Back to Great Harbour Cay photos
Return to Great Harbour Cay
As that great philosopher, Jimmy Buffet crons, "The customs man says she has to leave, But she's got a plan hidden up her shrewd sleave" (Manana, Son of a Son of a Sailor)
We had a good weather window to depart from North Palm Beach. It’s a good thing, when the weather cooperates with the officials. We were nearing the end of the time Jenny could stay in the US on her VISA. And of course, we don’t want her to become an ‘illegal alien.”
We stayed in the Bluffs Marina, near Bob and Mel on N57 Istaboa. We caught up with them frequently over the course of the five days there, including sharing a wonderful Thanksgiving meal with them. They generously offered us a car to do our final provisioning. We also caught up with other friends, Larry and Sue on N46 Beverly S, and we spent the night with Clark and Michelle on Roam 2, their new (to them) Nordhavn 55.
We rented a car for a day while we stayed in Old Port Cove Marina. OPC feels like home to us, as we have stayed there every year since we purchased Southern Star. We took delivery of her there, Dec 2016.
We were able to briefly see Ex vice Admiral Dixon Smith on his new to him Selene, Highlander as he waited to load on at freighter at Riviera Beach Marina. Sadly we missed seeing Kiki, but they are clearly enjoying their new life on board. We had last seen them in Washington DC two years ago after meeting them at Trawlerfest that year.
South Florida marina space is at a premium, and we were only able to get into the Bluffs because Bob and Mel have personal relationship with the manager there. But we had to leave as the long term tenant was returning, and luckily scored the slip at Old Port Cove.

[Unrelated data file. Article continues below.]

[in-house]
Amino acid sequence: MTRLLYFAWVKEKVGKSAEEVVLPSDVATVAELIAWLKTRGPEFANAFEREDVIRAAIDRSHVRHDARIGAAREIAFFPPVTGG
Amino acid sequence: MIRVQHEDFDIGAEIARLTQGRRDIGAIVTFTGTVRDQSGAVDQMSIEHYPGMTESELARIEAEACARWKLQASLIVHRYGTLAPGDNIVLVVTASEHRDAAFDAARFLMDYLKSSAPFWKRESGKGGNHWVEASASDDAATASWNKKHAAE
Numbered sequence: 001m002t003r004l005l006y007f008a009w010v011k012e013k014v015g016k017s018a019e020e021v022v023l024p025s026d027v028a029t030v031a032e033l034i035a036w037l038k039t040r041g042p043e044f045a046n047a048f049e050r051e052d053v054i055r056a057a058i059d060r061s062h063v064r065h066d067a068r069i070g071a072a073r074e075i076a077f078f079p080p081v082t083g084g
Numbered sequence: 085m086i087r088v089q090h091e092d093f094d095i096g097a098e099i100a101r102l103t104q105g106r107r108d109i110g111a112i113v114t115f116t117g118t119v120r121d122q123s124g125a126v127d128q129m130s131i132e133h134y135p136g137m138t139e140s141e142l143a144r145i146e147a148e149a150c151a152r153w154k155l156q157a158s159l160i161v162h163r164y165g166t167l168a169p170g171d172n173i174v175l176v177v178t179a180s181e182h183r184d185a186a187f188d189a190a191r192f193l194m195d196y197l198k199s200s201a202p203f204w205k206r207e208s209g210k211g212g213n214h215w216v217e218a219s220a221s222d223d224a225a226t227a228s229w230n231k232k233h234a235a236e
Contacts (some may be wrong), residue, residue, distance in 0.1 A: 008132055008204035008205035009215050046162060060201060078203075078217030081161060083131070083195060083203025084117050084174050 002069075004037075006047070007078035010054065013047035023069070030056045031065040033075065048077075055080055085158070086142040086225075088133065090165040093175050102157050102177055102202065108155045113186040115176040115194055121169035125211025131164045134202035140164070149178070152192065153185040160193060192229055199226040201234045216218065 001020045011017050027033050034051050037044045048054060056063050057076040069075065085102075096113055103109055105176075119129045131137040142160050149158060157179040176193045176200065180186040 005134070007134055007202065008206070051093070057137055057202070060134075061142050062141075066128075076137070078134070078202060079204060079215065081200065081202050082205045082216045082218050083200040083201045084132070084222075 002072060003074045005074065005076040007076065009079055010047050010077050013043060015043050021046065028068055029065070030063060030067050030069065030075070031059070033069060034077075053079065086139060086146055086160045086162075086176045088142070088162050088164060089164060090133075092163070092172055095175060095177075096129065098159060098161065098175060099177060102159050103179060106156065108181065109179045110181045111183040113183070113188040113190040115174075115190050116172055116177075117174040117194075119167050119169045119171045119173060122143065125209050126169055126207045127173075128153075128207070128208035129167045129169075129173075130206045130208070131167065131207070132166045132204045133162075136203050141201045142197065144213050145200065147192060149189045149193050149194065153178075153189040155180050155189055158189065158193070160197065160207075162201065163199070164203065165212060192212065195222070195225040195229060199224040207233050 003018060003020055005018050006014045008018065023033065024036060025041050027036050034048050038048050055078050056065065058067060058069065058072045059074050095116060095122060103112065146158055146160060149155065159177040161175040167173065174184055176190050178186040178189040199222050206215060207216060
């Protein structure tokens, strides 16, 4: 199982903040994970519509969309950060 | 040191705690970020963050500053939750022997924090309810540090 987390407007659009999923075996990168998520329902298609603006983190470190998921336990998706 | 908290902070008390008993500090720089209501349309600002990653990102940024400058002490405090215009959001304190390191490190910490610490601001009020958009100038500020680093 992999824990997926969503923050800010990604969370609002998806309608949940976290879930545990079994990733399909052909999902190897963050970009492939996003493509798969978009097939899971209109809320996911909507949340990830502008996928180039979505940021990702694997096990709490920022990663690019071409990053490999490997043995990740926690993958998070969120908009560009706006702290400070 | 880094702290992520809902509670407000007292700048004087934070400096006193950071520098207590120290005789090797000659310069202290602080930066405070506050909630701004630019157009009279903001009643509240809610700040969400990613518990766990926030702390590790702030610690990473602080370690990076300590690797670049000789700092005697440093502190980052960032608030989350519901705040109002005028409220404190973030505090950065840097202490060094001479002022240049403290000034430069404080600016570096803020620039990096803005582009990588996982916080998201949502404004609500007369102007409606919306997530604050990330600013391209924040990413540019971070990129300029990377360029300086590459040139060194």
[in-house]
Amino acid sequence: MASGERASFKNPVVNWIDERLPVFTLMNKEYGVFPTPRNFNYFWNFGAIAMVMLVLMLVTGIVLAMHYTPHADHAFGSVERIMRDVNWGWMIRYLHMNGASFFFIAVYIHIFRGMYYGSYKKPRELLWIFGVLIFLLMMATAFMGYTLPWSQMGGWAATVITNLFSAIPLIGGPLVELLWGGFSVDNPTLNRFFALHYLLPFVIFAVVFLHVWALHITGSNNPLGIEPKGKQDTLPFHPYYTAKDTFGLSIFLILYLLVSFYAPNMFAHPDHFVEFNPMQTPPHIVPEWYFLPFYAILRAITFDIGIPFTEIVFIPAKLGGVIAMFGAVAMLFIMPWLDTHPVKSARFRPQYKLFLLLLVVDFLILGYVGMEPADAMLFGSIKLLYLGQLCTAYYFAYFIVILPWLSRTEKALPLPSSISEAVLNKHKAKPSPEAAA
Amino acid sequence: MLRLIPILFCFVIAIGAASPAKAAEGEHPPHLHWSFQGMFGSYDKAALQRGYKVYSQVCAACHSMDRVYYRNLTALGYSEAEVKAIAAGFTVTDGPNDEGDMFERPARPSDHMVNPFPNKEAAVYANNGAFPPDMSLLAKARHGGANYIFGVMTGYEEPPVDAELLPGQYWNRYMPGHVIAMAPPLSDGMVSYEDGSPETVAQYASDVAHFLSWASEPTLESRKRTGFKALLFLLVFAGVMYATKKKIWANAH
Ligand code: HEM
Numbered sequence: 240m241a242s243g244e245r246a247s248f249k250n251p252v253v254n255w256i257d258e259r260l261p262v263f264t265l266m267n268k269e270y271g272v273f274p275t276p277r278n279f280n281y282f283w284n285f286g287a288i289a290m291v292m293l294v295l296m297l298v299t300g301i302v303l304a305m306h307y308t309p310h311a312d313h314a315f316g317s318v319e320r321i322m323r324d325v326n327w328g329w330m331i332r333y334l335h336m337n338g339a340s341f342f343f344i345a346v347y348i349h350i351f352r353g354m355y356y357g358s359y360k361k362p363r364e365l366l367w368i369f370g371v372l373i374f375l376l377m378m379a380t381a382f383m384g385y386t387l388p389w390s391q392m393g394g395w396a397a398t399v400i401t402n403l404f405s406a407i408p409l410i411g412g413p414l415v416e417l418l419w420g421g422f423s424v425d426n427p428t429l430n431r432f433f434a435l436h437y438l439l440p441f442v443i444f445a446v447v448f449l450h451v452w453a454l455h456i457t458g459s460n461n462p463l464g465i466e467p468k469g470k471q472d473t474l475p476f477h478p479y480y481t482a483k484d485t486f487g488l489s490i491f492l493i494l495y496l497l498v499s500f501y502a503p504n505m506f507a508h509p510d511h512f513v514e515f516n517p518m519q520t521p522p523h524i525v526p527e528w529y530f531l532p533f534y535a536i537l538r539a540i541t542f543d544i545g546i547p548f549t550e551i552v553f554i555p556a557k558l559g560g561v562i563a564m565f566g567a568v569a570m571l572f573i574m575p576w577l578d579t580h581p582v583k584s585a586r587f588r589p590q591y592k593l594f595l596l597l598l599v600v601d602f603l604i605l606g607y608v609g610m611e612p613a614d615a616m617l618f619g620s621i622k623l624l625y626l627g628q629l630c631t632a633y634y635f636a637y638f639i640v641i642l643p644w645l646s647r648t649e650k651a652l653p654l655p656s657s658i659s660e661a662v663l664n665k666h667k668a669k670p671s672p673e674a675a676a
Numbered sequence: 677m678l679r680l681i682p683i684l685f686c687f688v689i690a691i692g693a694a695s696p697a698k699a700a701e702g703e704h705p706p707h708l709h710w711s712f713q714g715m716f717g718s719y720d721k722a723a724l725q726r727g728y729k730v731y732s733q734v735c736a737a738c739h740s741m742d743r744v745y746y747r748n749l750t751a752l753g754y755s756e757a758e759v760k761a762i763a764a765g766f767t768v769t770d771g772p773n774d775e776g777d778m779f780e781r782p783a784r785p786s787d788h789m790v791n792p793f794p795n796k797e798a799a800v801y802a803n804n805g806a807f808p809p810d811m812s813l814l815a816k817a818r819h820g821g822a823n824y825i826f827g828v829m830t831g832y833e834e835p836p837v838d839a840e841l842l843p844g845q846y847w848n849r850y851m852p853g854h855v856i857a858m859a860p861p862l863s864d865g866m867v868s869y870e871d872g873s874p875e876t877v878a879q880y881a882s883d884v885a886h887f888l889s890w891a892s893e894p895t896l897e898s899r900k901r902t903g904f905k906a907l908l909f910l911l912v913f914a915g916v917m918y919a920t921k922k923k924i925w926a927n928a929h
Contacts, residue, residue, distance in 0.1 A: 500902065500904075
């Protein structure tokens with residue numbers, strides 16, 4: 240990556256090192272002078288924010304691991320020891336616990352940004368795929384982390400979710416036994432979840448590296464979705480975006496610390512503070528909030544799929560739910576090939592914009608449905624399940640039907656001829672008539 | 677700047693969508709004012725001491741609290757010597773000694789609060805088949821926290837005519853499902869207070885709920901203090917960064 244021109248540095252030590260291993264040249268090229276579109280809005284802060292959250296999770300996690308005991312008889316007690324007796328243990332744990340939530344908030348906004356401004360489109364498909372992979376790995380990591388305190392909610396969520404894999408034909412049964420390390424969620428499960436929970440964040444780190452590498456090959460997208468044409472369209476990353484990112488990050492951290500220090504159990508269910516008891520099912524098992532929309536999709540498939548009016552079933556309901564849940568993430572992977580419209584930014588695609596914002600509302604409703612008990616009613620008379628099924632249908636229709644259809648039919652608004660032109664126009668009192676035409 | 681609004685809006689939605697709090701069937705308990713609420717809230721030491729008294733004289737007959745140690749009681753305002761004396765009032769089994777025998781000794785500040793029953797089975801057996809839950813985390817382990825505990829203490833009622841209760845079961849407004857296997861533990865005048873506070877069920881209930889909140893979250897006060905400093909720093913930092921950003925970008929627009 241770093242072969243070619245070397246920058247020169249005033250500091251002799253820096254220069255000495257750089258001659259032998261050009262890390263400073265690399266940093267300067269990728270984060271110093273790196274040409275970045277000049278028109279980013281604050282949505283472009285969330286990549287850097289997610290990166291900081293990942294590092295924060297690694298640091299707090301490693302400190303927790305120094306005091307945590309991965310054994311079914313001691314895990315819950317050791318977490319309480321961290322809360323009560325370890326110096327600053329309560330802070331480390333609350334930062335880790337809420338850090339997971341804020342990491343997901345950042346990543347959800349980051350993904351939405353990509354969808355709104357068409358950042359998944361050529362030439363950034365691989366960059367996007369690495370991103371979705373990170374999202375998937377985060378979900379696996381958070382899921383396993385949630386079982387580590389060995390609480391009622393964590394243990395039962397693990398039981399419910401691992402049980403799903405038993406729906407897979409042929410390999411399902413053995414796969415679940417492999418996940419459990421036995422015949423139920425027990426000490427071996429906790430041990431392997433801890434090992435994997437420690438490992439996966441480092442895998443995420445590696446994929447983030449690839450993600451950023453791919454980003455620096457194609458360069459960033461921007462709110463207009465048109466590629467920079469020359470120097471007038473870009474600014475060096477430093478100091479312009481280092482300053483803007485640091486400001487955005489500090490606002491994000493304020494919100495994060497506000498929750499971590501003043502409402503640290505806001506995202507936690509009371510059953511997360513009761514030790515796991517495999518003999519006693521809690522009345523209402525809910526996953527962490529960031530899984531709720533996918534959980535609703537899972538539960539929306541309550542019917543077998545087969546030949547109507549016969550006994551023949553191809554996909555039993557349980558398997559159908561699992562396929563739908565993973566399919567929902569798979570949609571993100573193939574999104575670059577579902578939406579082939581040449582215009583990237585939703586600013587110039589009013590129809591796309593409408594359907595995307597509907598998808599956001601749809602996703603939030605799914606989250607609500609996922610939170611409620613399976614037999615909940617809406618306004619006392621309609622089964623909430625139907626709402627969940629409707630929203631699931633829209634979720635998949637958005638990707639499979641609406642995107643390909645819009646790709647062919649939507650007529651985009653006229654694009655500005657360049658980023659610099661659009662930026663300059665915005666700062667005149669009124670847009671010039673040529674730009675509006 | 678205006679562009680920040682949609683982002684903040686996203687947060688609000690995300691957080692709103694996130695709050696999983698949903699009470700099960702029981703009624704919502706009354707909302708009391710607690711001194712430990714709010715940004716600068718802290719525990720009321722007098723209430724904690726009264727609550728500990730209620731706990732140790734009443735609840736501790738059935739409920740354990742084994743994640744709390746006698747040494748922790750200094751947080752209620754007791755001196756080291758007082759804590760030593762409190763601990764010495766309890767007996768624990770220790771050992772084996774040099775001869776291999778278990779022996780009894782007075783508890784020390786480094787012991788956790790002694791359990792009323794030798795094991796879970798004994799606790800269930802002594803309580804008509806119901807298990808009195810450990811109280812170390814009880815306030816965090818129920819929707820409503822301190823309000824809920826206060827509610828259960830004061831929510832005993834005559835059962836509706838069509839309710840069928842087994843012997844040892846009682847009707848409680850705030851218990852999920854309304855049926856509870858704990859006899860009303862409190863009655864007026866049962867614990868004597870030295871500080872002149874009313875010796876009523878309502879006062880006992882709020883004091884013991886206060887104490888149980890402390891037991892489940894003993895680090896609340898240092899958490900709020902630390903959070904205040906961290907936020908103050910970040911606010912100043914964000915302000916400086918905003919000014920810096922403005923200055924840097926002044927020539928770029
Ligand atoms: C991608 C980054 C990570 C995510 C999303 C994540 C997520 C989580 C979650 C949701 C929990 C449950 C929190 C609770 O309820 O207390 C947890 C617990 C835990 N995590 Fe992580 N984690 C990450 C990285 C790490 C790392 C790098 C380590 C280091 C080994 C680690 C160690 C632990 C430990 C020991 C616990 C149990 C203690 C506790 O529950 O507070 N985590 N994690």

We maximized our last minute work in So Florida, although I felt rushed to leave. It seems that as we may not ever return to the US, that I was having nightmares of breakdowns in 3rd world countries with no spares. We got more oil, more filters, had the port side stabilizer cylinder replaced by Tony Fields at Yacht Tech. Yacht Tech was fabulous and fit the work in last minute for us. I left that cylinder and one other used one, for them to rebuild so I had two spares.
We checked out of the US, turned in our US cruising permit, got the all important exit stamp on Jenny’s passport, and dropped off the car. The next day we planned to depart, but the weather forecast still had some northerly direction, which causes the Gulf Stream to be rougher.
We waited and departed Thursday 6 Dec about 12:30 pm. We were out of Lake Worth and through the cut in a little over an hour as ebb current pushed us along. The day was fabulous, calm and the seas were very nice and flat. We were heading directly to Great Harbour Cay, which puts us a bit northerly against the Gulf Stream. We set the auto pilot for 20 degrees south of our rhumb line course and we were underway.
My off watch I slept so soundly in the forward cabin, it felt like we were at a dock. We had quite a bit of cruise ship traffic, but the ride across was remarkable – the flattest conditions we have experienced on our multiple Gulf Stream crossings.